If a rising tide lifts all boats, the resurgent manufacturing sector has several Midwest contractors riding a welcome wave of activity not seen in years. Among those experiencing the greatest lift is Detroit-based Walbridge, ENR Midwest’s Contractor of the Year, which reaped $633 million in regional revenue in 2014—a 28% increase over the prior year.

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As might be expected for the world’s fourth-largest contractor for automotive facilities, the return of vehicle and component manufacturing to U.S. shores fueled a large part of that growth, including a current design-build contract with Troy, Mich.-based Gallagher-Kaiser Corp. to execute a 1.3-million-sq-ft paint shop at General Motors’ Flint Assembly complex, part of a $600-million upgrade program at the automaker’s facility.

A strong presence in other markets is paying off for Walbridge as well, from construction management for Marathon Petroleum’s new administration facility, a distinctive boomerang-shaped building rising on a 17-acre site in Detroit, to the recently awarded fast-track expansion of Bell’s Brewery’s Comstock Campus in Kalamazoo, Mich. Also in the mix are Michigan State University’s 500,000-sq-ft State Police Post Redevelopment in East Lansing, another recently awarded project, and the historic renovation of the David Whitney Building in downtown Detroit, a project completed last fall.

Nevertheless, Rick Haller, president and chief operating officer of the firm, recognizes that any discussion about the fortunes of the Midwest’s construction industry typically begins and ends with manufacturing. “The economy is good, and it’s about time in this part of the country,” he says. “There’s a lot of pent-up demand in the manufacturing and industrial sectors, and we’ve been able to capitalize by putting the right experience where it’s needed.

The ability to deftly deploy required resources across so many diverse sectors is no accident. Though Walbridge’s organizational structure consists of distinct, vertical operating groups for industrial facilities, buildings and process work, an overlying matrix implemented by Haller 15 years ago fosters cross-unit collaboration, providing the staffing, resources and flexibility  essential for managing complex construction projects.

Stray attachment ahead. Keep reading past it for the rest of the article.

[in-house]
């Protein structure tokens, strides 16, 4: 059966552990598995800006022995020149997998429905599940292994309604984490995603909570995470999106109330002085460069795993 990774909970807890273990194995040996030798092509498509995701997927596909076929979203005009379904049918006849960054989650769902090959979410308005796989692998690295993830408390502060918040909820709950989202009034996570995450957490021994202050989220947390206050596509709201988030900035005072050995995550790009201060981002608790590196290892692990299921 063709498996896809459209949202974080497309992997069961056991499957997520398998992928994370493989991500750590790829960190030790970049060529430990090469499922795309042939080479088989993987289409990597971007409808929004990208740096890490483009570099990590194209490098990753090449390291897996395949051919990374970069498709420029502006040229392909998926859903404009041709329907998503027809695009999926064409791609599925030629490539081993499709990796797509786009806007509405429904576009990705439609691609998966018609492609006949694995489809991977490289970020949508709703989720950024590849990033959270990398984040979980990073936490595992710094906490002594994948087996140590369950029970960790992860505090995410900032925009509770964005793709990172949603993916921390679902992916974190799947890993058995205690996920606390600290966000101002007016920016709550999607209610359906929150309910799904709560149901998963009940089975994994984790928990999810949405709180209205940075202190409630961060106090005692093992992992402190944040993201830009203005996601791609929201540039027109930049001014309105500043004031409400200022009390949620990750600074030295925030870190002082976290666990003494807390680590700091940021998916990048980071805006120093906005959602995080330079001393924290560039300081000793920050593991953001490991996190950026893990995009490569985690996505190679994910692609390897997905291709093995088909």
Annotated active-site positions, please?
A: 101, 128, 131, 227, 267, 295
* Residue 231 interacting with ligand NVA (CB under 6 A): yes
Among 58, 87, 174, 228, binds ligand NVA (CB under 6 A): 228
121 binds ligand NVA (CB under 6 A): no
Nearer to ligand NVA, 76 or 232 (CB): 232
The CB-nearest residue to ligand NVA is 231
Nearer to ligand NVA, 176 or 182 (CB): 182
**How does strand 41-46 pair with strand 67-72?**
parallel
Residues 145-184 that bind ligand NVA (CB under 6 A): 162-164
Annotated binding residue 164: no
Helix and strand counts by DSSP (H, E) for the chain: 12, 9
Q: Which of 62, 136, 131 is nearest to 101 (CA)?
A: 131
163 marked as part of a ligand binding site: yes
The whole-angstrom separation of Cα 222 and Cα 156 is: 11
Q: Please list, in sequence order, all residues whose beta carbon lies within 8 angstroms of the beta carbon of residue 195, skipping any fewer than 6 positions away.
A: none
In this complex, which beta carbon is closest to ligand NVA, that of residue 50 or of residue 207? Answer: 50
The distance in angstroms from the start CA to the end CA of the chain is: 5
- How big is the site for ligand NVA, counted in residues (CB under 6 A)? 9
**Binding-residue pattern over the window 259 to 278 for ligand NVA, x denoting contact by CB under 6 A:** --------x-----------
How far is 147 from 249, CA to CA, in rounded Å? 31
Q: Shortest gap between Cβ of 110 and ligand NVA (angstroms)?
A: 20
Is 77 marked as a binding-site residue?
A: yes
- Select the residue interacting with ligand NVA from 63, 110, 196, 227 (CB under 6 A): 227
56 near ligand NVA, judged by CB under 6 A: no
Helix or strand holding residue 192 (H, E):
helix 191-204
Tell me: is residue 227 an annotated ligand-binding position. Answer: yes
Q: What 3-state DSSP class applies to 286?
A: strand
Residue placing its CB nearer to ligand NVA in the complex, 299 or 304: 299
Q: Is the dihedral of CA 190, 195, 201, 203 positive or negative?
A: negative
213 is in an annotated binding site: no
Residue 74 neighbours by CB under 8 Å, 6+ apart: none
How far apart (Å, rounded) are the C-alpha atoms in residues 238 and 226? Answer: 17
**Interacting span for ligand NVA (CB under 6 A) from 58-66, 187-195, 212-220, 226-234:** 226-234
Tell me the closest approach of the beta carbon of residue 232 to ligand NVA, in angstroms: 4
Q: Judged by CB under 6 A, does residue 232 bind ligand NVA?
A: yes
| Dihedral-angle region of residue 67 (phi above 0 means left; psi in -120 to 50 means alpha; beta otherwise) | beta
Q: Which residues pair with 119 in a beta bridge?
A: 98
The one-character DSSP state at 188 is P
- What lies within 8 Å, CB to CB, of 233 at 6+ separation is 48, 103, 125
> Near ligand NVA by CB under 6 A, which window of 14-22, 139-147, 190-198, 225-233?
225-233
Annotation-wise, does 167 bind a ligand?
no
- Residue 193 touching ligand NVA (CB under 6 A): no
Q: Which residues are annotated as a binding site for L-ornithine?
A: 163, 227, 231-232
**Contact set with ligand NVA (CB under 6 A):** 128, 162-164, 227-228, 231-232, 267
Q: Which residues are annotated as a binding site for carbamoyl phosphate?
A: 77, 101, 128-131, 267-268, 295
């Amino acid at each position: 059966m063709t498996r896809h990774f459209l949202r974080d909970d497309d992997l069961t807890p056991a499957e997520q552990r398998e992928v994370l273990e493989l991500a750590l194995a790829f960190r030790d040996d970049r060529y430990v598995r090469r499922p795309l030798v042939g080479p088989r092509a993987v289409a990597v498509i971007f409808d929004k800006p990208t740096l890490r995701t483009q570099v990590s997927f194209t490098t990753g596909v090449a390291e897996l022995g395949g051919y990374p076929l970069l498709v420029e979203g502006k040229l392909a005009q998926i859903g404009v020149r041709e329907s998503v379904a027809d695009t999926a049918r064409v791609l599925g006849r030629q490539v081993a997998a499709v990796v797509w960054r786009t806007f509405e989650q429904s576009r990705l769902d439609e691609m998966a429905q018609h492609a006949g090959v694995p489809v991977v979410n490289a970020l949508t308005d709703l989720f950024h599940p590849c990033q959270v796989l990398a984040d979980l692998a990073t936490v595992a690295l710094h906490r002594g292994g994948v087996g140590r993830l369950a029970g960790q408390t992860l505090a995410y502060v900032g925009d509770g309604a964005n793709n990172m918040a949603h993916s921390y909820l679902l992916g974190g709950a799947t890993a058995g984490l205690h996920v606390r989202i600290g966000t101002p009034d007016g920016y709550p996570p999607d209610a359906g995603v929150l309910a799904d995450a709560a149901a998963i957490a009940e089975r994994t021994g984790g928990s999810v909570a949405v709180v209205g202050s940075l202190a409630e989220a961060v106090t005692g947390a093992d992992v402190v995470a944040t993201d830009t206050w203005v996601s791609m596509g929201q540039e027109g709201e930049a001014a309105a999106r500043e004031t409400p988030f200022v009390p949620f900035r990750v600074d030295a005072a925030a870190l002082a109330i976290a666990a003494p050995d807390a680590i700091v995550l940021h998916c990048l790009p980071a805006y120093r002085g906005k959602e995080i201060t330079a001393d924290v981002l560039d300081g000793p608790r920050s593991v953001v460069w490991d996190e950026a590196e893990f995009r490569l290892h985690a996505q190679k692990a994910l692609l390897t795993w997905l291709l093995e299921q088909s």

“Our managers are laser-focused on what’s happening in their respective sectors—what’s in the pipeline, what delivery method a client prefers and so forth,” Haller says. “At the same time, they’re also up on what’s happening in the other areas. If a particular expertise is available in another unit or another office, they know how to access it.”

The Marathon Petroleum administrative complex, for instance, brought diverse resources to bear during planning. “They do a lot of process work, so it’s only natural that our process experts be closely involved with the buildings experts,” says Haller  “Similarly, a lot of institutional owners look at capabilities and experience for their qualifications-based selections. Usually whatever they’re looking for, we can provide it.”

Those capabilities successfully converged on the new Munger Graduate Residence Hall at University of Michigan in Ann Arbor. As construction manager at-risk for the new eight-story, 370,000-sq-ft facility, Walbridge recognized the opportunity to prefabricate 730 modular bathrooms off site, then orchestrate staged delivery of completed units to the site as floors were completed.

“We had production set up assembly-line style,” says Mike Haller Jr., superintendent-union for the bathroom work. “The trades picked it up in a matter of weeks, and we underwent full inspection of each unit before it was shipped to the site. Once there, all that was required was installation and a final sign-off by university inspectors.”

The younger Haller estimates that material savings alone from offsite prefabrication could have yielded a number of bathrooms for an additional floor.

The approach also resulted in scheduling and logistical benefits, says Walbridge senior project manager Mark Corey. “Not only were we able to execute the bathrooms concurrent with the precast work, but the jobsite was much less cluttered with materials and workers,” he says. “Use of BIM allowed us to determine the best locations for transporting and staging completed modules and avoid interfering with work under way on upper floors.”

Minimizing jobsite congestion for reasons of project efficiency meshes well with another Walbridge priority: safety. In 2010, the firm was the inaugural recipient of the Michigan Occupational Safety and Health Administration’s Voluntary Protection Program for Construction Star Award. It currently boasts more than 12 million hours worked without a lost-time injury.

“In my 24 years with Walbridge, there’s never been a doubt of its commitment to safety, from top management to field employees,” says Mark LaClair, the firm’s assistant vice president for safety.